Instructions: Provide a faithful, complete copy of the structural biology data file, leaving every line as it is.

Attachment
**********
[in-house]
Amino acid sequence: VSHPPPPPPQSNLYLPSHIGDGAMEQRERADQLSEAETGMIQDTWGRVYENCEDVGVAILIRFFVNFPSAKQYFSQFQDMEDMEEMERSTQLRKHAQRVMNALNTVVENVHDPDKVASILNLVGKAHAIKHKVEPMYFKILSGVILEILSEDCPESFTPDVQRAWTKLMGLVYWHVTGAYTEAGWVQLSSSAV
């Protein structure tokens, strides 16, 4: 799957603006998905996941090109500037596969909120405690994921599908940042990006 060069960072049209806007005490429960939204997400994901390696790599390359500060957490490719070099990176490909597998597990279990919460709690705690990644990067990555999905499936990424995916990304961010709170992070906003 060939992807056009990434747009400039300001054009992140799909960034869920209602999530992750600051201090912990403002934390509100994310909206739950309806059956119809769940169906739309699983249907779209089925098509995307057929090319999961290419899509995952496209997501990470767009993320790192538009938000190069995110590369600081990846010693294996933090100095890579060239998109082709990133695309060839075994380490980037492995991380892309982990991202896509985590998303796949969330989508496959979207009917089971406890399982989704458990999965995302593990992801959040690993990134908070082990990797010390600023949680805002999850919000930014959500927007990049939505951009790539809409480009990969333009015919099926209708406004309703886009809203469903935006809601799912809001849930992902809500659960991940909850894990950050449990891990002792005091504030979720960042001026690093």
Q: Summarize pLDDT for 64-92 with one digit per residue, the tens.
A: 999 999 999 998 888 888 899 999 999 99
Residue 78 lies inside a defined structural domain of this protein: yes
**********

[in-house]
Amino acid sequence: VSHPPPPPPQSNLYLPSHIGDGAMEQRERADQLSEAETGMIQDTWGRVYENCEDVGVAILIRFFVNFPSAKQYFSQFQDMEDMEEMERSTQLRKHAQRVMNALNTVVENVHDPDKVASILNLVGKAHAIKHKVEPMYFKILSGVILEILSEDCPESFTPDVQRAWTKLMGLVYWHVTGAYTEAGWVQLSSSAV
């Protein structure tokens, strides 16, 4: 799957603006998905996941090109500037596969909120405690994921599908940042990006 060069960072049209806007005490429960939204997400994901390696790599390359500060957490490719070099990176490909597998597990279990919460709690705690990644990067990555999905499936990424995916990304961010709170992070906003 060939992807056009990434747009400039300001054009992140799909960034869920209602999530992750600051201090912990403002934390509100994310909206739950309806059956119809769940169906739309699983249907779209089925098509995307057929090319999961290419899509995952496209997501990470767009993320790192538009938000190069995110590369600081990846010693294996933090100095890579060239998109082709990133695309060839075994380490980037492995991380892309982990991202896509985590998303796949969330989508496959979207009917089971406890399982989704458990999965995302593990992801959040690993990134908070082990990797010390600023949680805002999850919000930014959500927007990049939505951009790539809409480009990969333009015919099926209708406004309703886009809203469903935006809601799912809001849930992902809500659960991940909850894990950050449990891990002792005091504030979720960042001026690093």
Q: Summarize pLDDT for 64-92 with one digit per residue, the tens.
A: 999 999 999 998 888 888 899 999 999 99
Residue 78 lies inside a defined structural domain of this protein: yes